To understand the property market, you need to understand what’s happening with credit, and it’s moving quickly.
Martin in Melbourne asked an interesting question about what impact changes in the credit market are having on the property market. I’ll have to leave the international story to another time, but I’ll take a quick look at what’s going on in Australia, because it’s actually quite interesting right now.
As I’m sure you’re all aware, APRA (regulatory body for the banks) started cracking the whip in the middle of last year, trying to whip the banks into better shape. Essentially, they were a bit concerned that their lending to investors was growing too quickly.
They drew a line in the sand at 10% growth per annum. (Though that’s still a pretty decent clip!)
In response the banks increased lending requirements and lifted interest rates, and generally made it a tad tougher for investors.
One of the most striking charts I saw last year was this one. It shows how much maximum borrowing capacity has been reduced, for someone on $100Kpa.
At Westpac, borrowing capacity fell over $100K!
And all these measures seem to have done the trick. UBS report that investor credit growth has fallen from a peak of 11.1% p.a in June, to 8.5% in December.
Credit matters. A lot. You’re ability to buy a house is determined by your wealth (deposit), you income (serviceability), and leverage (how much you can borrow).
If any one of these factors increases at an aggregate level, then ‘demand’ increases, and prices tend to go up. (You know, generally speaking.)
And so APRA’s position went straight to the leverage part of the equation. When banks started tightening the credit screws, people rightly expected that it would take some of the wind out of the property market.
And to a degree, it did.
Partly it seems to have led to some creative box-ticking. As the chart from UBS shows, investor credit fell in the September quarter after the changes came in, but it was almost entirely compensated for by a boom in owner-occupier credit.
Any reclassification story aside, this seems to have had an impact on credit overall (investor and owner-occupier combined.) Housing credit growth has fallen from around 1.8% a month, to about 1.6%.
The trend is clear, but credit growth remains elevated, just not as pumping as it was before.
And the slowdown in credit seems to be continuing into the new year. The CoreLogic Mortgage index has fallen off a cliff in recent weeks, though there’s always a seasonal dip around Christmas. It was just a bit more severe this year.
The real question now though is, where to from here? If credit continues to decline, then we could expect to see slower price growth.
That said, credit has a long way to fall before things get ugly. Credit growth at current levels, even though its come off in recent months, still points to pretty solid conditions.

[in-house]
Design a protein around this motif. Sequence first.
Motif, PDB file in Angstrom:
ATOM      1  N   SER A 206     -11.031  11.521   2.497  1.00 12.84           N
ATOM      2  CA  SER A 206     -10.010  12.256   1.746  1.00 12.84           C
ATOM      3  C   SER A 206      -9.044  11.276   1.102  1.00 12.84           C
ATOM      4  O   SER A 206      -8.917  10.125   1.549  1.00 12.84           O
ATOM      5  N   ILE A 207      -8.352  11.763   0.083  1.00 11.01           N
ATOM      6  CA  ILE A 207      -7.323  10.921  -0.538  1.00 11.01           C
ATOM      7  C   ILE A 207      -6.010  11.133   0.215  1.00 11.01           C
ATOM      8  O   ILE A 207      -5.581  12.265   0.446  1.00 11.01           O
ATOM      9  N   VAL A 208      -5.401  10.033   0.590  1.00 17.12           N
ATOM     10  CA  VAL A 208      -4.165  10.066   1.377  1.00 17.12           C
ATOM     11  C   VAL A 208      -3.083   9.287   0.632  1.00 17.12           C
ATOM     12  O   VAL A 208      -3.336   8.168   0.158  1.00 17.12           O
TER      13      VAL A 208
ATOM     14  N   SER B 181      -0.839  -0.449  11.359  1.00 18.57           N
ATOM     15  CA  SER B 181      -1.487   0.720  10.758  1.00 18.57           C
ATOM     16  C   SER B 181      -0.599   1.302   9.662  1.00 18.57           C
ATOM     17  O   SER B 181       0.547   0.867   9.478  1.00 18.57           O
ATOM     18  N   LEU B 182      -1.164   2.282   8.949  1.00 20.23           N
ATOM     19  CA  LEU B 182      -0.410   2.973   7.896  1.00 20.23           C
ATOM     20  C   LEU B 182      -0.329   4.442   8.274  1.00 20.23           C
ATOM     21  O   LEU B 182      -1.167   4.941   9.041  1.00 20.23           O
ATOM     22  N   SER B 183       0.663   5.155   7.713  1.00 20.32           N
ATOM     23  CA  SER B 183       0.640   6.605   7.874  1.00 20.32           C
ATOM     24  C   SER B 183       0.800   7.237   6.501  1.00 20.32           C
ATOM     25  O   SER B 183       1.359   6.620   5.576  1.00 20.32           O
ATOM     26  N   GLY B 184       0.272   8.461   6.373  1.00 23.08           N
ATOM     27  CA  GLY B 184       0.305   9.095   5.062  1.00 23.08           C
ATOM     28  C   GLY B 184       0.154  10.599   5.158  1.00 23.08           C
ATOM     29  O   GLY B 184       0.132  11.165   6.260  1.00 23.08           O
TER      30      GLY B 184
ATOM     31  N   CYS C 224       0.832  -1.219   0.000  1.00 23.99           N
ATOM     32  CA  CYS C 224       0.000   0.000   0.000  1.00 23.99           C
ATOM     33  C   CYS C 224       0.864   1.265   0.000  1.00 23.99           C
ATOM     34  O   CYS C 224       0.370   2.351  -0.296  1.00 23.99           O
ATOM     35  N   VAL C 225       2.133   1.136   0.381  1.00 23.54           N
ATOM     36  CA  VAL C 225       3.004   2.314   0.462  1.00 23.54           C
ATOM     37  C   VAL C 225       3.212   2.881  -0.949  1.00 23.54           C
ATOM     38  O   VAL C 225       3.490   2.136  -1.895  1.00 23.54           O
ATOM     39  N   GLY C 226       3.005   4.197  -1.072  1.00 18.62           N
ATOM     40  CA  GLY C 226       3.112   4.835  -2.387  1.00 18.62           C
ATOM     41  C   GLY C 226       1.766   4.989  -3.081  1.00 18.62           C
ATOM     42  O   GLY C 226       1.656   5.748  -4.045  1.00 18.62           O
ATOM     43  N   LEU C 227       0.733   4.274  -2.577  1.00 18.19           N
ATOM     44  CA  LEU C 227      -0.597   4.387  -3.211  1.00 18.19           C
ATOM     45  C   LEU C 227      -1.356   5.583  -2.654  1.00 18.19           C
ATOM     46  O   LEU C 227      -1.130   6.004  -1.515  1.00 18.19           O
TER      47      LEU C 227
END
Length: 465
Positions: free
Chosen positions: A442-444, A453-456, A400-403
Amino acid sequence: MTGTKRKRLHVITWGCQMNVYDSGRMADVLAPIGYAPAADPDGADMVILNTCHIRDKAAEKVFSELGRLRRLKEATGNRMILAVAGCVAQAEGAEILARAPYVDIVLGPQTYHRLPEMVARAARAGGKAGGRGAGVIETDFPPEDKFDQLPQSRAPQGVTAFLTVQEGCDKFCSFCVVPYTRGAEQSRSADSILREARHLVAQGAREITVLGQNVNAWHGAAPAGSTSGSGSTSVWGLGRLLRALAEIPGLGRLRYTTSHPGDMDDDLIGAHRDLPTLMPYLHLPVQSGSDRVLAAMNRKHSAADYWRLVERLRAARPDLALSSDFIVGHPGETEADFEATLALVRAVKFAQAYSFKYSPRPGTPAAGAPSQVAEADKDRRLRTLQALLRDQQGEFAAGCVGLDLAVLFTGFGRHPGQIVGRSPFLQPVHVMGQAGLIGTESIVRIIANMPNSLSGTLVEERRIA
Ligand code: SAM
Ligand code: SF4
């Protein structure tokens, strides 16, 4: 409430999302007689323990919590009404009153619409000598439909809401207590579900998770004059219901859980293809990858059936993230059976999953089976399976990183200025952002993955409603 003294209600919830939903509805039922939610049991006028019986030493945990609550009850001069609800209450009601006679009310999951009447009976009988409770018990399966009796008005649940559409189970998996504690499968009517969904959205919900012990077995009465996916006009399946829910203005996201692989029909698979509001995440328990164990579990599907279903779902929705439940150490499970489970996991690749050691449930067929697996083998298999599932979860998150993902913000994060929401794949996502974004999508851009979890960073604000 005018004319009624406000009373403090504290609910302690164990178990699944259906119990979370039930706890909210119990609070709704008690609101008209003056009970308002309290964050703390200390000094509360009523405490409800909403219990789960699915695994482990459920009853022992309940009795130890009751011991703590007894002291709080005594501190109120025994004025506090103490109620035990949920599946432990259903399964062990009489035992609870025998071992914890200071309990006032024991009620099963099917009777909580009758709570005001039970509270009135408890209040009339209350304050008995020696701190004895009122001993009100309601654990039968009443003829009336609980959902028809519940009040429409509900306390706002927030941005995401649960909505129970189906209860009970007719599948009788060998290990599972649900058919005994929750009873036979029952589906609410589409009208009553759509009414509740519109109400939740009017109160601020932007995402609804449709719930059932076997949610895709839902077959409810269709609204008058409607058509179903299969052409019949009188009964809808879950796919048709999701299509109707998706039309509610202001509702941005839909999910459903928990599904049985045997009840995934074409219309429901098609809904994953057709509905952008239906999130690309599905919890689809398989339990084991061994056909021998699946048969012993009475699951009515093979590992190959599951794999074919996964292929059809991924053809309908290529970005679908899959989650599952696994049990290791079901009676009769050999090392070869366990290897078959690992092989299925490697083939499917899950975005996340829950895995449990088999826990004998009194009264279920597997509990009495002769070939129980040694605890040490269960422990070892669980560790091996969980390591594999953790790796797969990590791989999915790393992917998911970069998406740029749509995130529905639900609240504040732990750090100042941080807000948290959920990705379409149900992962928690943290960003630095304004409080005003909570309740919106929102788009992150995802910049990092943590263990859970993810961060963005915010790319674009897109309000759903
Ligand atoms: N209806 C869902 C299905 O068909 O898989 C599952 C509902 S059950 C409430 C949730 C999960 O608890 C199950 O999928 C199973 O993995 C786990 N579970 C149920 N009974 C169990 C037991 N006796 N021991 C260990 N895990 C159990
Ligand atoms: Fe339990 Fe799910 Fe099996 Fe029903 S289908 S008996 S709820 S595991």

Michael Matusik produced this chart, which lines up credit growth with house prices. He rolls housing finance forward by six months so it lines up better (because credit tends to lead market conditions.)
And it does line up pretty well. But eye-balling this chart, it still suggests that we’re looking at price growth of around 6-7%.
I could live with that.
So again, the vital question is what happens to credit growth from here.
Well, what’s APRA’s position? They drew a line in the sand at 10%. The banks promptly jumped over it and set up at 8.5%. At the end of the day, APRA’s probably happy.
And that means the banks are probably going to start gearing up their investor businesses again. That will be a key tell.
And want to know a secret?
They already are.
“Lenders ease conditions for property borrowers” ran the headline at the Australian Financial Review last week. Though surprisingly, no other major daily has picked up the story.
“Lenders are easing rates and conditions for borrowers in the lucrative investment property market following six months of tougher terms in response to regulatory concerns about excessive risk.
Fourteen lenders have increased loan-to-value ratios, others have slashed investor rates by up to 30 basis points, and new products are being launched priced for additional risk involved with investors.
… Other lenders, such as Newcastle Permanent Building Society, have reduced their investment loans by 30 basis points – from 4.09 per cent to 3.79 per cent – for a one-year fixed rate mortgage.”
And this is the thing. The tighter conditions were artificial. Banks wanted to lend and borrowers wanted to borrow.
And mortgages are profitable business. If the line in the sand is 10%, then banks will want to be as close to that line as possible.
I’d want to see a bit more action yet, especially from the majors who have the biggest mortgage books. But the signs are there.
And because we’re talking annual growth rates, we need to wait until the strong start to 2015 washes out of the numbers. My feelings is that banks will be a lot more relaxed in the second part of the year.
But it looks like the APRA measures have had the desired effect, which means that the market can get back to business as usual… sooner or later.
Things are sluggish now, but the pause could well be short-lived.
Watch this space.
Any mortgage brokers out there getting a sense of easing conditions?
How has it all been affecting you and your strategy?